Who gets varicose veins and why.
Both women and men can develop vein disorders at any age. It can affect the healthiest of individuals, but there are some conditions that increase your risk of developing varicose veins. They are mostly inherited; if both of your parents had varicose veins, you have a 90% chance of also having them. Other factors that increase your chance of developing vein disorders include being female, hormonal changes, pregnancy, getting older, having a job that requires many hours standing or sitting, being overweight, and a history of leg injuries.
- Increasing age. As you get older, the valves in your veins may weaken and not work as well.
- Heredity. Being born with weak vein valves increases your risk. Having family members with vein problems also increases your risk. About half of all people who have varicose veins have a family member who has them too.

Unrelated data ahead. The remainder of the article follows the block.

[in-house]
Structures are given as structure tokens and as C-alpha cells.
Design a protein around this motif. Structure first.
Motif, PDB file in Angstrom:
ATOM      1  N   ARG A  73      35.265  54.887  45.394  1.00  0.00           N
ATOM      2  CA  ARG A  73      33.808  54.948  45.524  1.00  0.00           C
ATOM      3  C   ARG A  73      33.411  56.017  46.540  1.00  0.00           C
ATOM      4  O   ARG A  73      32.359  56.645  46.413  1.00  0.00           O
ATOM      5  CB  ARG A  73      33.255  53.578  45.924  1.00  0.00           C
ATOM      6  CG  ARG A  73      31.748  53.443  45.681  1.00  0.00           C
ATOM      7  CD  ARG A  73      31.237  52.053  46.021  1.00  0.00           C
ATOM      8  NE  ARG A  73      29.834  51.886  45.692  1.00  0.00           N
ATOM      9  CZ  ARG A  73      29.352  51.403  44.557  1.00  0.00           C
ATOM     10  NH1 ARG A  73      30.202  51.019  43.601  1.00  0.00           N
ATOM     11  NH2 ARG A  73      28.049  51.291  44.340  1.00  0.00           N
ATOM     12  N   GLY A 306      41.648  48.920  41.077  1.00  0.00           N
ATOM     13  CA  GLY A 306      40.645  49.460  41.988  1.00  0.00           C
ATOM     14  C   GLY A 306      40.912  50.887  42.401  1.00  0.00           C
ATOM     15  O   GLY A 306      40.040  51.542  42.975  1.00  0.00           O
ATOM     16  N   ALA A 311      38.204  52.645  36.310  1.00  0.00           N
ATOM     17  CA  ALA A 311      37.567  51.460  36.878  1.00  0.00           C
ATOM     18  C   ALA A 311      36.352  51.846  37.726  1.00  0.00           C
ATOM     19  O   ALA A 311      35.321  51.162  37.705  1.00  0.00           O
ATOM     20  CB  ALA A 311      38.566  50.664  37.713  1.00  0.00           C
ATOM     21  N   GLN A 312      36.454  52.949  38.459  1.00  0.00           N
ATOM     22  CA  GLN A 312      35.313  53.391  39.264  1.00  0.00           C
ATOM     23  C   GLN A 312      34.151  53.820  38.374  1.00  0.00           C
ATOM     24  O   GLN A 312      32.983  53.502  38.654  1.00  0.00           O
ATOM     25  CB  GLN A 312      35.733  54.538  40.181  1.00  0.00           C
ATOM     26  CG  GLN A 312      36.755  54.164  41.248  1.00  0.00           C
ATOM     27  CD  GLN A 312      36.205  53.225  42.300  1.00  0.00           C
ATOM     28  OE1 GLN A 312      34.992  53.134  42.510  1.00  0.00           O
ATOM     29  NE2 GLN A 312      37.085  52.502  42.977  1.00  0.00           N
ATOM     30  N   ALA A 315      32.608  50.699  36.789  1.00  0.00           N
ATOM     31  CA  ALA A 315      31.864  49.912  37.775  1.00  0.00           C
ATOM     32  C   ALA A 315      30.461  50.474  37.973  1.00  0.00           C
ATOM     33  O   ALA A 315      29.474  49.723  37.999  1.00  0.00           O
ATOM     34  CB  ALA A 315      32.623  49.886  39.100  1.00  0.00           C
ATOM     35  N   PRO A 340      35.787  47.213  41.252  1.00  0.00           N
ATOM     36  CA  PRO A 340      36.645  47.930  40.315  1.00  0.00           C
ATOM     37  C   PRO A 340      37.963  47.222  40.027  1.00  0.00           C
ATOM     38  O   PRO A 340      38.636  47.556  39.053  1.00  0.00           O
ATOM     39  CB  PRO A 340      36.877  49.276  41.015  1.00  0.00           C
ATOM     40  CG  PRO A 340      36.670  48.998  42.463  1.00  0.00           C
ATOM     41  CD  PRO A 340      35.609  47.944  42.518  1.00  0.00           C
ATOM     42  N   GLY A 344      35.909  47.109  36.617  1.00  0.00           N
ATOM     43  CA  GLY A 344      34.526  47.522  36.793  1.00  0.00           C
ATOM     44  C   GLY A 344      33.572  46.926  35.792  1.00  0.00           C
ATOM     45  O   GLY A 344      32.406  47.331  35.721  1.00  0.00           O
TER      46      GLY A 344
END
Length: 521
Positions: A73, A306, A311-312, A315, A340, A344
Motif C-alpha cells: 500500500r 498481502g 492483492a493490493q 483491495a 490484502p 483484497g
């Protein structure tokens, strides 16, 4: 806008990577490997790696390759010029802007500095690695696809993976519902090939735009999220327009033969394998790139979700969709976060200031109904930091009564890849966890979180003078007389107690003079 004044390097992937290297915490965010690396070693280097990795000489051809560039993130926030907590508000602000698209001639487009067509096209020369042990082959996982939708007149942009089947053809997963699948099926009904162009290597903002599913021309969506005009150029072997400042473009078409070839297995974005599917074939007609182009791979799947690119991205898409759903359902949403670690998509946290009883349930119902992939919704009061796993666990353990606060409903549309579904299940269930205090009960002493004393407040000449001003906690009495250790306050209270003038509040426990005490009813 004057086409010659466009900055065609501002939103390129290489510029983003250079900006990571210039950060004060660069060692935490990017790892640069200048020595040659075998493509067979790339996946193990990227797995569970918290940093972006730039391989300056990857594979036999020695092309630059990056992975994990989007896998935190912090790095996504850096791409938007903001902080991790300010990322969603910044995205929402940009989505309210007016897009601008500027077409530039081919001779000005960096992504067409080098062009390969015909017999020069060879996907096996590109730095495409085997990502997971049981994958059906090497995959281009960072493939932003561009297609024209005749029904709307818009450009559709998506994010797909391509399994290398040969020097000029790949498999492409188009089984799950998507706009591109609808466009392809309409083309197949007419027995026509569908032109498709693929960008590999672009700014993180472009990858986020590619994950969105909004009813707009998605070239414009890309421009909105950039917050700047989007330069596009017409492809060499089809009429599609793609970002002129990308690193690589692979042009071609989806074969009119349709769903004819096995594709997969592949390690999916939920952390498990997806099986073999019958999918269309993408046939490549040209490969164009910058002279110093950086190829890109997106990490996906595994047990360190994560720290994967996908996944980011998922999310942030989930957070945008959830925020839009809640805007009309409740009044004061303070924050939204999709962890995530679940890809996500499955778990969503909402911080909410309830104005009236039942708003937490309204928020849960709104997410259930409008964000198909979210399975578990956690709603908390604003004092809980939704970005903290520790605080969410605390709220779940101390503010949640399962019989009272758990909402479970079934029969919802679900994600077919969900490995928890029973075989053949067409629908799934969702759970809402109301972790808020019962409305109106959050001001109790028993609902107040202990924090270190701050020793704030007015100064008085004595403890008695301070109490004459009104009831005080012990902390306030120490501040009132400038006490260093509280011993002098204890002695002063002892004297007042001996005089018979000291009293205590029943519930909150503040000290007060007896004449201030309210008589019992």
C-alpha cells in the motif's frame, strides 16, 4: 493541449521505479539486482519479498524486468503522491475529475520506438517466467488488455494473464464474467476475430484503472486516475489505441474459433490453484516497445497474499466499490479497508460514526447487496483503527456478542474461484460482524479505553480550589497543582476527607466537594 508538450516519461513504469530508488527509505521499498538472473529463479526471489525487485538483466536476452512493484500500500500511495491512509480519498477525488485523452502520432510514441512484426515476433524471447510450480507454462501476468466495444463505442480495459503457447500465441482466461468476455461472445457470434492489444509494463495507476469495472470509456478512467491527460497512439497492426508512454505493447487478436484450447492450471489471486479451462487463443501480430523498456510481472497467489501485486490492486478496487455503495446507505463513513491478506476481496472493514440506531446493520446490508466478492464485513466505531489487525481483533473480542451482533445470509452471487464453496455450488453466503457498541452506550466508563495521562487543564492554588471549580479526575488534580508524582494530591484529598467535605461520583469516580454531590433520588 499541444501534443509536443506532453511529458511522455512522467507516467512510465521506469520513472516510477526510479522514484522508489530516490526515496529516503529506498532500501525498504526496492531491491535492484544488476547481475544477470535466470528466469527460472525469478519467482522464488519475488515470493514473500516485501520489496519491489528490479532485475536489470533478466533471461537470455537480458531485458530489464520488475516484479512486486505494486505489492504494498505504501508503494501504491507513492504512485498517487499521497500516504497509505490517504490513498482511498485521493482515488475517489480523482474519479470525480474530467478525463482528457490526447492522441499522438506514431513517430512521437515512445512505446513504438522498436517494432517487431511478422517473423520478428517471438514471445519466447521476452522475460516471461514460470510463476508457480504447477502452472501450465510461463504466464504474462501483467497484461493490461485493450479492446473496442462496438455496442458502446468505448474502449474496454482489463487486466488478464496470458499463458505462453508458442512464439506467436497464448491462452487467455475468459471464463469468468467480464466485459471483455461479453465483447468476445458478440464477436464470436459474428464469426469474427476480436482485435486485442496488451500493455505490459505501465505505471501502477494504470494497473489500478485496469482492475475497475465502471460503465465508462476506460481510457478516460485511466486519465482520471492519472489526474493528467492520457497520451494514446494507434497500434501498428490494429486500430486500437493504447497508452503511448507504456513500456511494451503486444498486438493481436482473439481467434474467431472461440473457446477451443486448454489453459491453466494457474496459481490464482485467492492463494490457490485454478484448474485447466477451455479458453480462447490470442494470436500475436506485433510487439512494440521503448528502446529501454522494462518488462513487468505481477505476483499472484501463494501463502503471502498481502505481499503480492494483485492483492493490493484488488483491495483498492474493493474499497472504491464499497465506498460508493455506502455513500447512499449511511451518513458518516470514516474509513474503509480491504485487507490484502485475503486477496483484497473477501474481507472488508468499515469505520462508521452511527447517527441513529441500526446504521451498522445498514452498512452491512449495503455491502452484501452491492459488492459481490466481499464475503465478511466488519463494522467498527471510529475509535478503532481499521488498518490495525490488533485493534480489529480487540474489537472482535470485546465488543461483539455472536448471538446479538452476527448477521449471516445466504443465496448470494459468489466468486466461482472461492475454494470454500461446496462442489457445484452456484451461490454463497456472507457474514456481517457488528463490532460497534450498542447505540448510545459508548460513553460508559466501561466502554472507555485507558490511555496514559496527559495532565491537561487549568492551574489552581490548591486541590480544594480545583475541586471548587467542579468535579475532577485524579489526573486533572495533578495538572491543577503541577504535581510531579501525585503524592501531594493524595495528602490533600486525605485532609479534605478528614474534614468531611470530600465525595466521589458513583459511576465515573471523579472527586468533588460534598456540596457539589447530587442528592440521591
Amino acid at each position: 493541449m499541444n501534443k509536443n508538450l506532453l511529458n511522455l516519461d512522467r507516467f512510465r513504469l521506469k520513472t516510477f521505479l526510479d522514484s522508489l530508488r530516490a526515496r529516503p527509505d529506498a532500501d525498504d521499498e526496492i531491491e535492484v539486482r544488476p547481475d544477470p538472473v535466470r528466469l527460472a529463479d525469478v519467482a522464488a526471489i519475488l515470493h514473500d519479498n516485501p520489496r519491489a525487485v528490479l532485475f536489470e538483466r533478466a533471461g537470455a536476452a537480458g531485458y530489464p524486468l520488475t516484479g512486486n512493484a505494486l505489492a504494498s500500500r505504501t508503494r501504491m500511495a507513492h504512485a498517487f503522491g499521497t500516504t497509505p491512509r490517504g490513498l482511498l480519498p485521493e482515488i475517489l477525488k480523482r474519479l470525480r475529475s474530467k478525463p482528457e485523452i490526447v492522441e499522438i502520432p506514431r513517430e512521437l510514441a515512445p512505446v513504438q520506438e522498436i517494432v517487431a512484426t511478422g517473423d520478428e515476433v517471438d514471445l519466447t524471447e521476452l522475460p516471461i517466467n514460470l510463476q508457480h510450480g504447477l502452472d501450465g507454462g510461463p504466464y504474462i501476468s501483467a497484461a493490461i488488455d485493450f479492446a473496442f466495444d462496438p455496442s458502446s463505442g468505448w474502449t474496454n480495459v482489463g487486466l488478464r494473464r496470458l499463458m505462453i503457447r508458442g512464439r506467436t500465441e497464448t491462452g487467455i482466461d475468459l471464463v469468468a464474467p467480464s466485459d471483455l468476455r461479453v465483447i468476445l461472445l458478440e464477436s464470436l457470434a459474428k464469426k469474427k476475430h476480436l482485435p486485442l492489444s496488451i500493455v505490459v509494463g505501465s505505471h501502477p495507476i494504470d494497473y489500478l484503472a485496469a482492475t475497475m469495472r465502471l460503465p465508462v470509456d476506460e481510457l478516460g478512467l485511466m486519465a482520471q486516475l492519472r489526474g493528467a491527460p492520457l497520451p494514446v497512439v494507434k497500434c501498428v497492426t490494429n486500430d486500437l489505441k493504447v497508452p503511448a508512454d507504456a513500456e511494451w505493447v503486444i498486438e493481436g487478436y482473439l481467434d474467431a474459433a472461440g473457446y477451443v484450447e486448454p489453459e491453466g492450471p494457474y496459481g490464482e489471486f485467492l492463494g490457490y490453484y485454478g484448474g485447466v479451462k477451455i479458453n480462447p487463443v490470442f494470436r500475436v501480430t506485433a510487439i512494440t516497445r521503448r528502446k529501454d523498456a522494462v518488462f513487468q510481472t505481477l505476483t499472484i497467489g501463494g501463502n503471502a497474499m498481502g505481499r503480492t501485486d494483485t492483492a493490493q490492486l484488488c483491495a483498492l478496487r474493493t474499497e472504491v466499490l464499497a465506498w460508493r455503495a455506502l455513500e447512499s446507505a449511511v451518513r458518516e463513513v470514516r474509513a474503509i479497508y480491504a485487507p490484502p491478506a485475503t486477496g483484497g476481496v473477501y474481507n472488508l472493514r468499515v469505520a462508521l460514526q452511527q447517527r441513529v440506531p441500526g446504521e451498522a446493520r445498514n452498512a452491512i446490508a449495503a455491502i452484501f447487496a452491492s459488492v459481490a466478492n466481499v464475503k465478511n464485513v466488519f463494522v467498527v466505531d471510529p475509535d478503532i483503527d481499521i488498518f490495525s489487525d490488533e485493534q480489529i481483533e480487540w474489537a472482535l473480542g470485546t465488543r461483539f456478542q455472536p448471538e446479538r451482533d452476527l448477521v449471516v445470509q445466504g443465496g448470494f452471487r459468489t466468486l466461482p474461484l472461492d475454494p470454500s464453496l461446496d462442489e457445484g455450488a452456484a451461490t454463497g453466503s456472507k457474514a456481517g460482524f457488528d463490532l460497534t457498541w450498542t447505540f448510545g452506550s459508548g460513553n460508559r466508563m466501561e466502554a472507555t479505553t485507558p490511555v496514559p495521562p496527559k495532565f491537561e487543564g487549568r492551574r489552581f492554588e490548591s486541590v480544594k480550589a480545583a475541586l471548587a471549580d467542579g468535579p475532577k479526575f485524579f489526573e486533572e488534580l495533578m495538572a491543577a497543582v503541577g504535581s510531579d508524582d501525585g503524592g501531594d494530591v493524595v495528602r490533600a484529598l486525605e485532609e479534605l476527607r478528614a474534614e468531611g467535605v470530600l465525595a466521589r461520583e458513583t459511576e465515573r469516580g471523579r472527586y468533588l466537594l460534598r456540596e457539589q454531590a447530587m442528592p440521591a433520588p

- Hormonal changes. These occur during puberty, pregnancy, and menopause. Taking birth control pills and other medicines containing estrogen and progesterone also may contribute to the forming of varicose or spider veins.
- Pregnancy. The hormones during pregnancy greatly influence the leg veins. Varicose veins can even be a symptom of pregnancy and can show up during the first trimester. As pregnancy progresses, there is a huge increase in the amount of blood in the body. This can cause veins to enlarge. The growing uterus also puts pressure on the veins. Varicose veins usually improve within 3 months after delivery. More varicose veins and spider veins usually appear with each additional pregnancy.
- Obesity. Being overweight or obese can put extra pressure on your veins. This can lead to varicose veins.
- Lack of movement. Sitting or standing for a long time may force your veins to work harder to pump blood to your heart. This may be a bigger problem if you sit with your legs bent or crossed.
- Leg Injuries